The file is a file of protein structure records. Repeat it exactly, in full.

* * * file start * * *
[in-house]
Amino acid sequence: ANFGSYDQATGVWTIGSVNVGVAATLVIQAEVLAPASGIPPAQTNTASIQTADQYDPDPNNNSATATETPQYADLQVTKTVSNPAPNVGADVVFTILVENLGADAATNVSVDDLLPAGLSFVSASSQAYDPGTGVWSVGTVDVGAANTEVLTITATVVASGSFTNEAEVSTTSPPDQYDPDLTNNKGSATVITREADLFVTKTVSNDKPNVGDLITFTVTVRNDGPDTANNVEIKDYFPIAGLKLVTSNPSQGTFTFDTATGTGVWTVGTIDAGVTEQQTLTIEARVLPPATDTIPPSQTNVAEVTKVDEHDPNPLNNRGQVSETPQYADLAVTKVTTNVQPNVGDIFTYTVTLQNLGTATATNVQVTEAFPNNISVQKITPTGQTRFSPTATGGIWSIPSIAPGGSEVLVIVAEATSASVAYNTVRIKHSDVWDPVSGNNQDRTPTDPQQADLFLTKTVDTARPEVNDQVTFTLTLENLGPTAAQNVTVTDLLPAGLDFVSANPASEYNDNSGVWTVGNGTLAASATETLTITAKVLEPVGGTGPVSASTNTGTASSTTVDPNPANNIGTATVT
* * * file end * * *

[in-house]
Amino acid sequence: ANFGSYDQATGVWTIGSVNVGVAATLVIQAEVLAPASGIPPAQTNTASIQTADQYDPDPNNNSATATETPQYADLQVTKTVSNPAPNVGADVVFTILVENLGADAATNVSVDDLLPAGLSFVSASSQAYDPGTGVWSVGTVDVGAANTEVLTITATVVASGSFTNEAEVSTTSPPDQYDPDLTNNKGSATVITREADLFVTKTVSNDKPNVGDLITFTVTVRNDGPDTANNVEIKDYFPIAGLKLVTSNPSQGTFTFDTATGTGVWTVGTIDAGVTEQQTLTIEARVLPPATDTIPPSQTNVAEVTKVDEHDPNPLNNRGQVSETPQYADLAVTKVTTNVQPNVGDIFTYTVTLQNLGTATATNVQVTEAFPNNISVQKITPTGQTRFSPTATGGIWSIPSIAPGGSEVLVIVAEATSASVAYNTVRIKHSDVWDPVSGNNQDRTPTDPQQADLFLTKTVDTARPEVNDQVTFTLTLENLGPTAAQNVTVTDLLPAGLDFVSANPASEYNDNSGVWTVGNGTLAASATETLTITAKVLEPVGGTGPVSASTNTGTASSTTVDPNPANNIGTATVT